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CBGB's, New York City, NY
Excellent Soundboard Recording

Corrected a couple mislabeled songs as you can tell from artwork. Special thanks to Revolutionarybum.

Wendy O. Williams - vocals
Wes Beech - rhythm guitar, lead guitar, keyboards
Richie Stotts - lead guitar
Chosei Funahara - bass
Stuart Deutsch - drums

01 Tight Black Pants
02 Butcher Baby
03 New York City Jim
04 Fast Food Service
05 Test Tube Babies
06 You Think You're Comin'
07 Concrete Shoes
08 Want You Baby
09 Tight Black Pants
10 Butcher Baby
11 New York City Jim
12 Living Dead
13 Fast Food Service

Recorded before they released their first album in 1980 titled "New Hope For The Wretched", this release actually comes from three separate performances, but since The Plasmatics were practically the house band it's impossible to determine the exact recording date, but it definitely sounds like everything was recorded on the same evening. Awesome sound quality too, and the band play a powerhouse couple sets, at least what we get to hear of those sets here is sizzling.
I saw them open for KISS on the "Creatures Of The Night" tour in Detroit on February 23rd, 1983, and let me tell you, they were an incredible opening act that was impossible to take your eyes off of, especially Wendy O when she did her "whip-cream" encore!! Sadly they didn't blow-up or crash any cars on-stage, but Wendy did chainsaw a guitar in half while it was plugged-in at full volume. Talk about your screaming banshee!!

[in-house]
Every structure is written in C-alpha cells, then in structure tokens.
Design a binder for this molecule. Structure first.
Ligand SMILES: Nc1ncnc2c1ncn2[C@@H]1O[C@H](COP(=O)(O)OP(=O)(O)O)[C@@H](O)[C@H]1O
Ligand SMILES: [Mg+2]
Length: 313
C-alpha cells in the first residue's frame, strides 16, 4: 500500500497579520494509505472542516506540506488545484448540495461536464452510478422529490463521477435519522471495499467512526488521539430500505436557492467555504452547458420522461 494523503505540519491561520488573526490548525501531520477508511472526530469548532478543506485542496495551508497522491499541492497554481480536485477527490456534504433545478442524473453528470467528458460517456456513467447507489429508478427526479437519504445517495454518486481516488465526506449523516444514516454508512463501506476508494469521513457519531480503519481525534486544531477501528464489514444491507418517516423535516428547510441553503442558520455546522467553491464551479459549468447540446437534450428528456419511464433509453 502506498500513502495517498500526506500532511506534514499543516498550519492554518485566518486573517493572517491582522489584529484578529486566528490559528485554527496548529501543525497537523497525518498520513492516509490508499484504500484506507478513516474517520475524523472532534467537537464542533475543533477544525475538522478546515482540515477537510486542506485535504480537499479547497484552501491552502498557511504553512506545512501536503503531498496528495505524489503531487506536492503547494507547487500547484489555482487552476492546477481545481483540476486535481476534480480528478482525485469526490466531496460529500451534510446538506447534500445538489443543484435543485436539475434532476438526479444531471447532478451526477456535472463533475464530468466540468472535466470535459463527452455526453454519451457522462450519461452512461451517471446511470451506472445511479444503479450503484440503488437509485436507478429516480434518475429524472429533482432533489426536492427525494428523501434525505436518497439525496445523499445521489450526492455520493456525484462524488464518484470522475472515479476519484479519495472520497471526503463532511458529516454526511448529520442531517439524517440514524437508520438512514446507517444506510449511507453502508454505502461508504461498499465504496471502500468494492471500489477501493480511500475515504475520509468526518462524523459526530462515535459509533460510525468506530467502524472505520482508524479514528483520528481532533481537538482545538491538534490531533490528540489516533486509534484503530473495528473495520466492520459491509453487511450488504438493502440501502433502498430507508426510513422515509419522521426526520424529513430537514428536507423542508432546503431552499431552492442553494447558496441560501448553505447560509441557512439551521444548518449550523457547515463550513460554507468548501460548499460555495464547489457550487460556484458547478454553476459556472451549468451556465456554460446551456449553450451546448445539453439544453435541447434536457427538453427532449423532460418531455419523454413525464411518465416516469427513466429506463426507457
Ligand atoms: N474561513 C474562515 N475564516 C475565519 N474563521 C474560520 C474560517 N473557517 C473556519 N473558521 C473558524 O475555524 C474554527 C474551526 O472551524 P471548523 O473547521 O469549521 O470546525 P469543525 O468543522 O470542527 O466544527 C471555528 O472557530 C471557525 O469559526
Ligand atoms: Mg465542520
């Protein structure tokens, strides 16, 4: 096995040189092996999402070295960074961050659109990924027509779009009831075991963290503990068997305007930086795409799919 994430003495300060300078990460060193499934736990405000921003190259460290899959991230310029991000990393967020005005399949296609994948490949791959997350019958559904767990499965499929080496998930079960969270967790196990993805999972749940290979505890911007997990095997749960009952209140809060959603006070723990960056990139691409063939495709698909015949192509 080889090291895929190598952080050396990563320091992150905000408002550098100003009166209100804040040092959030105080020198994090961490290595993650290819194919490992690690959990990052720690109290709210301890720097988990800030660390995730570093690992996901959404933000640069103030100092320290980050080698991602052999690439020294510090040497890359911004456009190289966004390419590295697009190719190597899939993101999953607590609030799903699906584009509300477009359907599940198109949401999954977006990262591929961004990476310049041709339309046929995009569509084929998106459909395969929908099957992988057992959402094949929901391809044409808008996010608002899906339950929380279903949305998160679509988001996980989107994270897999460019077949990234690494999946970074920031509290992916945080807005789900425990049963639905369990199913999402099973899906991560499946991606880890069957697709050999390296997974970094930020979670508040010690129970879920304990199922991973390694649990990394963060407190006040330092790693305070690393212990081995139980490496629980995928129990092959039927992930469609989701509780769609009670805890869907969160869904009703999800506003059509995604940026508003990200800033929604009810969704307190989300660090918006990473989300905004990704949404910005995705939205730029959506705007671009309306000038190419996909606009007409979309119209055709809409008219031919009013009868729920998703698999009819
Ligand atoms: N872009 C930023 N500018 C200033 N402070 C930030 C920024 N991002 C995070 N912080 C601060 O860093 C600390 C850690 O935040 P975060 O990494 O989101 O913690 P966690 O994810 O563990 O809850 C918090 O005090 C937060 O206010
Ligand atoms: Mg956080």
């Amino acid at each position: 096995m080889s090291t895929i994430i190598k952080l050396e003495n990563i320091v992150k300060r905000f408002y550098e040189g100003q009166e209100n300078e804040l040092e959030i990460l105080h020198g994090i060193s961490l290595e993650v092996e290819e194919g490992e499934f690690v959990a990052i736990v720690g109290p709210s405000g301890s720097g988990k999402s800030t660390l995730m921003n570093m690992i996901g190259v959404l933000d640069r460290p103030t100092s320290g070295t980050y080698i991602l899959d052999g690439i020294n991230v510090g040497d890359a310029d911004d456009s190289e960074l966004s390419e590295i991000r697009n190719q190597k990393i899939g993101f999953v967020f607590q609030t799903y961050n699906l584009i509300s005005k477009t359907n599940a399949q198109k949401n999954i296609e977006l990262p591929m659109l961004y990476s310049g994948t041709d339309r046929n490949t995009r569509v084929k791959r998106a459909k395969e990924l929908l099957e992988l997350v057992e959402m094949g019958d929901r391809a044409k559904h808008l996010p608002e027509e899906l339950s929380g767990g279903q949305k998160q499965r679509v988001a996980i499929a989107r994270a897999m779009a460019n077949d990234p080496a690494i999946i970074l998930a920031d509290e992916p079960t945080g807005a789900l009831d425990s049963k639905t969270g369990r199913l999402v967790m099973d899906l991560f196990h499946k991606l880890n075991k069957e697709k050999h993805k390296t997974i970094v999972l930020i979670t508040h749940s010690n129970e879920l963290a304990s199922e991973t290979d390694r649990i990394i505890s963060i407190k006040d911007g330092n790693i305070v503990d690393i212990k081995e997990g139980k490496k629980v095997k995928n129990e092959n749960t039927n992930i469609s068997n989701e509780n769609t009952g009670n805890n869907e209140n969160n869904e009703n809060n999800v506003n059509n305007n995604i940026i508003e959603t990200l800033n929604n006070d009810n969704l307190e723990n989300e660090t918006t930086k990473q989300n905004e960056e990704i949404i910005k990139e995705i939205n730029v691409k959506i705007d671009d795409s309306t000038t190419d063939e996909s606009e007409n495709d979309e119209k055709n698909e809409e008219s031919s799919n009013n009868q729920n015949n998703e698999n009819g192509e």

The Plasmatics were an American punk band formed by Yale University art school graduate Rod Swenson with Wendy O. Williams. Wendy and Rod began auditioning potential band members in 1977 and, in July 1978, the "Plasmatics" gave their first public performance at what would later become the rock shrine CBGB on New York City's Bowery.
From their initial gig at CBGB, the Plasmatics quickly rose in the New York City punk underground scene of the time. From playing a single weekday night, they moved quickly to playing repeated stands of four nights straight with two sold-out shows each night. They had lines stretching around the block and brought more fans into CBGB's during this time than any other band in its history. The group quickly outgrew CBGB's, largely because there were no intermediate rock venues to play in New York City at that time.

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